With the advent of foam surfboards and the more maneuver-oriented surfing styles of the late '50s, Dora's subtle mastery of wave positioning and the nuances of board control set him apart from the pack at Malibu, and his appearances there became the fodder of legend. His deft mannerisms on and off the beach and calculatedly eccentric comings and goings epitomized the Jack Kerouac/James Dean cult of cool.
Who knew what lurked behind those Ray Ban sunglasses?
After Gidget created a
genre, Dora became a sometime stunt double for several of the early
Hollywood beach flicks beginning with 1964's Muscle Beach Party. He was
worked in Bikini Beach (1964), How to Stuff a Wild Bikini (1965), Beach
Blanket Bingo (1965) and Ski Party (1965). He was featured as himself
in Bill Delaney's Surfers: The Movie (1990).
In his halcyon days, Dora circulated mysteriously, sometimes penetrated the L.A. scene and lived an increasingly covert existence. Occasional interviews with the nascent surf media were veiled, cryptic and showed a penetrating and surreal wit. Above all, he was clearly oppressed by the accelerating loss of the idyllic world of his youth.
As his beloved Malibu increasingly swarmed with interlopers, Dora's go-outs became more like slalom runs as he wove intricate paths through scores of kooks, pushing and shoving his way along the zippering hollows. When accused of being ruthless, Dora told Surfer, "It's a lie. I'm vicious. We're all pushing and shoving, jockeying for position, and if I get the wave first -- if I'm in the best position -- then I feel I deserve it."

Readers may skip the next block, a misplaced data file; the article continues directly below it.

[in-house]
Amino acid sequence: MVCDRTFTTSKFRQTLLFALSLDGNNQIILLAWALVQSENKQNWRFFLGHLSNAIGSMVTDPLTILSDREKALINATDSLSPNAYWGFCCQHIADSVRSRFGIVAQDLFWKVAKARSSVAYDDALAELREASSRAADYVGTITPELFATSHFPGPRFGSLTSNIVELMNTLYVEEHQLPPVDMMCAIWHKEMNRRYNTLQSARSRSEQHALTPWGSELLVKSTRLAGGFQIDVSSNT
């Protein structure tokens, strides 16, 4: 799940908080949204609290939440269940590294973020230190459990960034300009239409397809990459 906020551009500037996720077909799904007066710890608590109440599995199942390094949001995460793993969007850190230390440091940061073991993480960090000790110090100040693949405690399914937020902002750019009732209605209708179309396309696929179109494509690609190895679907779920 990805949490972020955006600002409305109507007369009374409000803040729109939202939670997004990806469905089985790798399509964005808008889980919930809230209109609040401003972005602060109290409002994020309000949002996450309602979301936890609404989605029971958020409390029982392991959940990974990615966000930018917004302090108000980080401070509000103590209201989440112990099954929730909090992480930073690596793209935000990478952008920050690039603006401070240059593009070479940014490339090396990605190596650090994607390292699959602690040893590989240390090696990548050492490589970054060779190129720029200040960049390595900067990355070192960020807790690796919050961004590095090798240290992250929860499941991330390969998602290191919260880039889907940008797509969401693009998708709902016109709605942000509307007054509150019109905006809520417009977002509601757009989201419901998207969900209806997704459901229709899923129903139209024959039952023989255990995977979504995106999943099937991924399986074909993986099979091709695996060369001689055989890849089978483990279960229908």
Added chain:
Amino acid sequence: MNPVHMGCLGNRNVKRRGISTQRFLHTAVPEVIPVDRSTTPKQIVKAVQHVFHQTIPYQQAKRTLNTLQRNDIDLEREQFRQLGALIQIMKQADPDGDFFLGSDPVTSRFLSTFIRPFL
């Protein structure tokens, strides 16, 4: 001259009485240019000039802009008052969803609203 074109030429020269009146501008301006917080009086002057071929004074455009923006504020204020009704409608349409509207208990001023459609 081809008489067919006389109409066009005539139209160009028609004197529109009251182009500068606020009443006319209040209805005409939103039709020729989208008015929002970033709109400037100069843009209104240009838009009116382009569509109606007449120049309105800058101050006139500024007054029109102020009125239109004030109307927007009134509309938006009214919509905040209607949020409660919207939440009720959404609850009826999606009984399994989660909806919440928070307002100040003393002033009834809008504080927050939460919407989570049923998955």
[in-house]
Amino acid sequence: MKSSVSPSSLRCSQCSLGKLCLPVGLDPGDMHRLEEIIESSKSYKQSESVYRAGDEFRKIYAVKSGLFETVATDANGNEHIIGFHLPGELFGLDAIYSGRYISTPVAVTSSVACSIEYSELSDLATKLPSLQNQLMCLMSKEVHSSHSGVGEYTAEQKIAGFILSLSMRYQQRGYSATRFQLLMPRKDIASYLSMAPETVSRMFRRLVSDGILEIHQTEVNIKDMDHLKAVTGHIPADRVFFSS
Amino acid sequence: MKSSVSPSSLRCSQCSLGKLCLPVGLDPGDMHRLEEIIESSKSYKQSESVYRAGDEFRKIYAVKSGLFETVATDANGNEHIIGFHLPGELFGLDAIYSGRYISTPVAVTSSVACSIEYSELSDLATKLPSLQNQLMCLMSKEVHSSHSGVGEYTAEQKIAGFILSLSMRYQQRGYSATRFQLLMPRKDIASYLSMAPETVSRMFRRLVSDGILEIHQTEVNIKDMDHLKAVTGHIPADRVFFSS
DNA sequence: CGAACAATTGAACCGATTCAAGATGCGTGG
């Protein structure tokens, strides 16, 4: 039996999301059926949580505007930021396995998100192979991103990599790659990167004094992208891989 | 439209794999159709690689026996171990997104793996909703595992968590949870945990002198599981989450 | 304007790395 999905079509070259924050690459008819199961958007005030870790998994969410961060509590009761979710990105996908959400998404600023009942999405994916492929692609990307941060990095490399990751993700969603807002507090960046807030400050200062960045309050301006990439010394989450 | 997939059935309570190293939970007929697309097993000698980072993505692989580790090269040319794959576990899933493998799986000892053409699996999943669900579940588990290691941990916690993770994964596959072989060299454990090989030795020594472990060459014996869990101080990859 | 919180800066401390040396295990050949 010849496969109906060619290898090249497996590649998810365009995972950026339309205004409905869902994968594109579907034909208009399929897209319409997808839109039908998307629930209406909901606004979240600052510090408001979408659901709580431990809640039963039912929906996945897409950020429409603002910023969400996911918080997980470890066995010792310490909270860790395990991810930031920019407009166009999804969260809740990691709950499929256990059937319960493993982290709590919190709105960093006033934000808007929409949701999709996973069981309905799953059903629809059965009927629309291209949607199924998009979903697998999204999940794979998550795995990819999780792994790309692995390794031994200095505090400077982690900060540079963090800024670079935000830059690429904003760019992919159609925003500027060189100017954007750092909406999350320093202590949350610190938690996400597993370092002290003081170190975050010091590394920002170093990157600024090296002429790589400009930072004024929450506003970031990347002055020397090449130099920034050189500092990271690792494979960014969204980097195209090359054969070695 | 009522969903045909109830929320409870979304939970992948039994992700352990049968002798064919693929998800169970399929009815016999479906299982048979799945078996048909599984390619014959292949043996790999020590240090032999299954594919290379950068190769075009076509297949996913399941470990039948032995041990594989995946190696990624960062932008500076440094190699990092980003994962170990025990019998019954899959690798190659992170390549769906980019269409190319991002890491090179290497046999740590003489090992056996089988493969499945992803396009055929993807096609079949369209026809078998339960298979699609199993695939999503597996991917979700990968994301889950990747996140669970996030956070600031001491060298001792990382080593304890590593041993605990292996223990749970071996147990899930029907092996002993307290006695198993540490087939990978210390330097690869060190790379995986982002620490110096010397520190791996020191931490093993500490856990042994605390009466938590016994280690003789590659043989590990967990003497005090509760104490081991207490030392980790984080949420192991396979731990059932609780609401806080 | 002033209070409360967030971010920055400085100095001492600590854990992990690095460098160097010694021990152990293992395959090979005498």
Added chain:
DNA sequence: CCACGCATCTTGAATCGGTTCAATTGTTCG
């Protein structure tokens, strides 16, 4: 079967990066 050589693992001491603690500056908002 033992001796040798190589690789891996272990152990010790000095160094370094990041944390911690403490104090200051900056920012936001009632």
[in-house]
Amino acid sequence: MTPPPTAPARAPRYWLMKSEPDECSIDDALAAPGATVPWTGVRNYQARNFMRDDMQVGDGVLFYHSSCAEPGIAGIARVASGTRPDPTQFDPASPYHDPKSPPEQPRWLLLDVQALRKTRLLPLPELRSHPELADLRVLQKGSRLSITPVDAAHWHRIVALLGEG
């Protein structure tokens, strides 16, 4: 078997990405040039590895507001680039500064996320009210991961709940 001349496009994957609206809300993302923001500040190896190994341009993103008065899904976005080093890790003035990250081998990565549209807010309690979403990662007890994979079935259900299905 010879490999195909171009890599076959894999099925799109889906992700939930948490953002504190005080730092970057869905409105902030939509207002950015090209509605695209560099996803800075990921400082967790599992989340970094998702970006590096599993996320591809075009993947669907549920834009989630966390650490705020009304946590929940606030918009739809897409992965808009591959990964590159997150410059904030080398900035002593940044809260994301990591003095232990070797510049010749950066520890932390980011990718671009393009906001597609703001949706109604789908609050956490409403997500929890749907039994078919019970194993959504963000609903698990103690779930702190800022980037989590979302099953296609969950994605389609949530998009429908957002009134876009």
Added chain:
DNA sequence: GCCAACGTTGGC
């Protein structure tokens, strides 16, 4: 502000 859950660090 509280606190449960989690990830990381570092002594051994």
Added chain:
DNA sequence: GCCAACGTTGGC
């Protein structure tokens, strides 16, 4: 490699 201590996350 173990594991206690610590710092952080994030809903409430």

In the '60s, Dora grew to loathe contests and the "fascistic" control they exercised over surfers, the beaches and the waves. He called contest judges senile surf freaks and rejected the authority of the sport's self-appointed leaders. At the 1967 Malibu Invitational Surf Classic, competing for the last time, Da Cat took off on a wave, trimmed beautifully across its blue-green face and, passing in front of the judges, bent over, dropped his black shorts and exposed his naked ass to the gathered dignitaries and spectators.
Eventually Dora's disgust with contemporary California forced a decisive career move and lifestyle shift, and he escaped into a self-imposed (and strategic) exile, abandoning his fabled haunts to the Valley usurpers and Hollywood geeks. He has lived in France, traveled extensively in South Africa, Australia and the South Pacific and Indian oceans. He returned to the United States in the '80s to serve jail time for grand larceny (credit card fraud) and perhaps other criminal pursuits.
Since then, Dora, still with no permanent residence, has remained a
surf tribe icon over the years. He has been invited (and sometimes
attended) legends events, and lives much of the year in France, where
he is often seen at Quiksilver functions, giving him a sense of
community in the international surfing establishment. Like many of the
aging stars, Dora has benefited from the nostalgia of the so-called
longboard renaissance, and a new edition of his famous Greg Noll Da Cat
surfboard (which sold thousands as the first limited-edition signature
model in the mid-'60s) has been a great success.
"We made 250 of them, and we've got eight left," Noll reveals. "We started out at $1,000, which some people thought was outrageous, but then they went to $2,000, and the last 15 or 20 are going for $3,000 each." Clearly the Dora image and name (each Da Cat model is signed by both Noll and Dora) has cachet.
Recently a slew of Dora's possessions (presumably sold to lighten
load and raise some cash) was offered for sale via the Internet. The